August is National Immunization Awareness Month. I’m sure it’s no accident that this observance falls just before a new school year begins. Schools typically ask parents to verify that a child’s immunizations are up-to-date when school starts. As a doctor, I’m glad to see this observance.
Immunizations make the world a healthier place and give kids healthier lives.
But as a pastor, a focus on immunizations also reminds me of the role an early eighteenth century pastor played in introducing inoculation, the forerunner of immunizations, to America.
In the 1700s, the prevailing theological perspective of small pox was that it was God’s judgment on the sins of humanity. Further, trying to prevent small pox was interpreted as interfering with God’s will, which could result in greater judgment. I like to think we have come a long way from that kind of thinking about disease.
Cotton Mather, a Puritan minister and pastor of Boston’s famed North Church, was well aware of the force of an infectious disease to ravage a population. In 1713, his wife, newborn twins, and two-year-old daughter all died from measles. Small pox outbursts plagued Boston from about 1640 on. Mather had lived through several waves of the disease.
Mather had an African slave, given to him by his congregation, who claimed he had undergone a procedure while still in Africa. He described inoculation to Mather and said that among his people, no one died from small pox anymore. We have no other history of African inoculation than a note in Mather’s diary, but this defense against small pox may go as far back as the eighth century in India.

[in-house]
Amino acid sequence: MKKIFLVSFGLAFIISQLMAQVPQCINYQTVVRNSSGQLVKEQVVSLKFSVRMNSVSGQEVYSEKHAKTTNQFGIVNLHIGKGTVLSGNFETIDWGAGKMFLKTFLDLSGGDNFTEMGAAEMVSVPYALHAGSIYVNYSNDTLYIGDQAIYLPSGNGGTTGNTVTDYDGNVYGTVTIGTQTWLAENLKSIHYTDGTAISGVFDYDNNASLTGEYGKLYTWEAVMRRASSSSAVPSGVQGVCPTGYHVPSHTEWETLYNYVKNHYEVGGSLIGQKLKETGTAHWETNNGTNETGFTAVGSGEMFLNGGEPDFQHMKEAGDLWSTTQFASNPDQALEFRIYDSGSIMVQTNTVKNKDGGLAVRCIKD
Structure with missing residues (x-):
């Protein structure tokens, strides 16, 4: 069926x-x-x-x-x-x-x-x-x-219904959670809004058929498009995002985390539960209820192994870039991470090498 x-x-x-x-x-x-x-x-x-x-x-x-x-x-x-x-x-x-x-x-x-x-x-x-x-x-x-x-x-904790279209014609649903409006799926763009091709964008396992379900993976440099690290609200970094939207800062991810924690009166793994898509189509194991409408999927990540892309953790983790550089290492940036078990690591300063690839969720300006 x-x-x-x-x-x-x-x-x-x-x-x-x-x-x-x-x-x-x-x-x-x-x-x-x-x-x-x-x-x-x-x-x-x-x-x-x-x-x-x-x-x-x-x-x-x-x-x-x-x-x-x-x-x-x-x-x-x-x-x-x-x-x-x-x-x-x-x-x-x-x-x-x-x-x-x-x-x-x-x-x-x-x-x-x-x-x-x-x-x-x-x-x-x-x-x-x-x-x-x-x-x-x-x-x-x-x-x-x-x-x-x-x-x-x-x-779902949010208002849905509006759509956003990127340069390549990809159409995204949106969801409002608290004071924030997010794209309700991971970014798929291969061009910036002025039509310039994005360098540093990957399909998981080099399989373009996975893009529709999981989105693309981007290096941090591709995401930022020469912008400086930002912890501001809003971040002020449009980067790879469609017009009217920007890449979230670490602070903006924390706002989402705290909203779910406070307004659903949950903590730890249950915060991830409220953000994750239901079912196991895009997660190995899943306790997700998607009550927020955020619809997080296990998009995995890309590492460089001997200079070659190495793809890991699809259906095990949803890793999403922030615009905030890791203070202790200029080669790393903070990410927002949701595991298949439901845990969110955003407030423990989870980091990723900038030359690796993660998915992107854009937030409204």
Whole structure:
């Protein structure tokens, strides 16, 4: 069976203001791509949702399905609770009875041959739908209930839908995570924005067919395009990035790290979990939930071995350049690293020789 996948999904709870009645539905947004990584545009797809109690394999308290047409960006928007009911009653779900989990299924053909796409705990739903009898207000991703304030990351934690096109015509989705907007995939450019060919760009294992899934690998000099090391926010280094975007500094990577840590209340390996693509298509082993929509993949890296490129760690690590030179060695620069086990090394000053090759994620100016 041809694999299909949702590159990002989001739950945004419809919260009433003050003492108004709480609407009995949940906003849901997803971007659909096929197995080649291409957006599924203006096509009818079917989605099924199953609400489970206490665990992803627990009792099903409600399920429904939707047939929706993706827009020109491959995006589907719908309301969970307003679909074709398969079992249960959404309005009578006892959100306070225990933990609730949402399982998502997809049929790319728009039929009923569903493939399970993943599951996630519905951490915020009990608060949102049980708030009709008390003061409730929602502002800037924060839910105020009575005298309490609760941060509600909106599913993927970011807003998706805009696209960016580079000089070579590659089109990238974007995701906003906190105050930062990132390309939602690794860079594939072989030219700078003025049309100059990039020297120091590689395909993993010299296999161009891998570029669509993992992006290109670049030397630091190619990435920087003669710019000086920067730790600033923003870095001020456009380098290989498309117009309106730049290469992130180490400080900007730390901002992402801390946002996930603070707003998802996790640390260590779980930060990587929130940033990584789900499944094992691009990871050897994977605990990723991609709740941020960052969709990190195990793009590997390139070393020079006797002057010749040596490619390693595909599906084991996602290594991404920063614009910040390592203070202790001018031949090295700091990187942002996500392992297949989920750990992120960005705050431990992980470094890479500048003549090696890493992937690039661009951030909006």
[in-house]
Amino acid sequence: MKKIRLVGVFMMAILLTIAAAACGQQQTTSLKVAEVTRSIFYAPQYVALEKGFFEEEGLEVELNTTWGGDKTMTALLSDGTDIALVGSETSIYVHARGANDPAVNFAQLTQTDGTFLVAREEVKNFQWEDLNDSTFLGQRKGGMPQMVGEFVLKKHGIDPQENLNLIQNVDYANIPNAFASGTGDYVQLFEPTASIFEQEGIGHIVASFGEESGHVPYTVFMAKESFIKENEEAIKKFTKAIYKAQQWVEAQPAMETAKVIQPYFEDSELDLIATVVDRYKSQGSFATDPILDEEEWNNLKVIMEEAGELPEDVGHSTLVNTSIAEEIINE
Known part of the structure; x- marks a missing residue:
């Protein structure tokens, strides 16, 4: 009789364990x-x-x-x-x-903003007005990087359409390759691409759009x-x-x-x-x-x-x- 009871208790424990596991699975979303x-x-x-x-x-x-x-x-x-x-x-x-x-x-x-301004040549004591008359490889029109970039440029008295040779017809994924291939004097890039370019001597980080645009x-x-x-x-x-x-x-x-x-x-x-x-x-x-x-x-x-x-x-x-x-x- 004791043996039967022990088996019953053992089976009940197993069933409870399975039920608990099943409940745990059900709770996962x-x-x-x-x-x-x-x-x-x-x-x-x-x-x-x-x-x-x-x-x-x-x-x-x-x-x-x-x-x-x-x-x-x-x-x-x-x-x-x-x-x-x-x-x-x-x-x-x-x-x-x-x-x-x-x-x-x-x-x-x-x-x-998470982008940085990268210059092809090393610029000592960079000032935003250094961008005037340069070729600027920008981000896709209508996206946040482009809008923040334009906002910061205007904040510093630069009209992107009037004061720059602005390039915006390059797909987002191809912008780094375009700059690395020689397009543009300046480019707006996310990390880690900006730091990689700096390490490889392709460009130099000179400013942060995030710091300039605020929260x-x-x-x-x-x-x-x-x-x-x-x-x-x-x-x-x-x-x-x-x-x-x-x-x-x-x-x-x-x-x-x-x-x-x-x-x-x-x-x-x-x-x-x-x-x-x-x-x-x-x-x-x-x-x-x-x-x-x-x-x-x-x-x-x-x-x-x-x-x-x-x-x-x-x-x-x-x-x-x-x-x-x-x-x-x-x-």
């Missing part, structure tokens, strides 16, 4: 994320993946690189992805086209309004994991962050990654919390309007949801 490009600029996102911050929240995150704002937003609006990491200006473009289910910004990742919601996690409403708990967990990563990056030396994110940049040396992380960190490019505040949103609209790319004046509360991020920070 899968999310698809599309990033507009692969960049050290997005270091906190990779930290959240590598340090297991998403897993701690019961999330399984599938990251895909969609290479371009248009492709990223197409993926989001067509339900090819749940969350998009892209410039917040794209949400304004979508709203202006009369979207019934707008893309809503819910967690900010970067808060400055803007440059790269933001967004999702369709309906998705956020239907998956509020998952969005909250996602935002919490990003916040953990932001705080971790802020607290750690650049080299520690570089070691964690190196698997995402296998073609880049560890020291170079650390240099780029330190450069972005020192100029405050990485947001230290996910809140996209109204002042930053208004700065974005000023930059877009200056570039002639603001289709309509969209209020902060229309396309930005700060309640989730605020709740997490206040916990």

Mather did his homework and then in 1721 used his pulpit and popularity to urge inoculation. Along with Dr. Zabdiel Boylston, who conducted the first inoculations in Boston, Cotton Mather believed that his faith did not require him to do nothing lest he provoke God’s wrath, but that faith and science together could save lives. In 1721 more than half of Boston’s 10,000 residents contracted small pox, and the disease was responsible for three-fourths of all the deaths in the city that year.
Mather and Boylston could not sit by and not try to stop the scourge with what we might call clinical trials today. In the end, 14 percent of people who caught small pox, but were not inoculated, died. Only 2 percent of those inoculated died from the disease. Yet Mather and Boylston drew a lot of fire for their actions, both from people of faith and people of science.
Immunizations have evolved considerably in the last 300 years to be a safe and effective public health tool.
The Centers for Disease Control puts immunization at the top of the list of ten great public health achievements of the twentieth century. The last known case of small pox occurring naturally was in 1977. Immunizations eradicated small pox on a global scale. Because of immunizations polio, measles, mumps and other diseases that used to run rampant are greatly reduced threats.
And it all started with a pastor who was not afraid of science.
The challenge now is to ask ourselves in what ways our faith can grow and expand so that we will hear the call of God? When it comes to changing the health of our cities, what action does God call us to?
Following Mather’s example, are we willing to answer?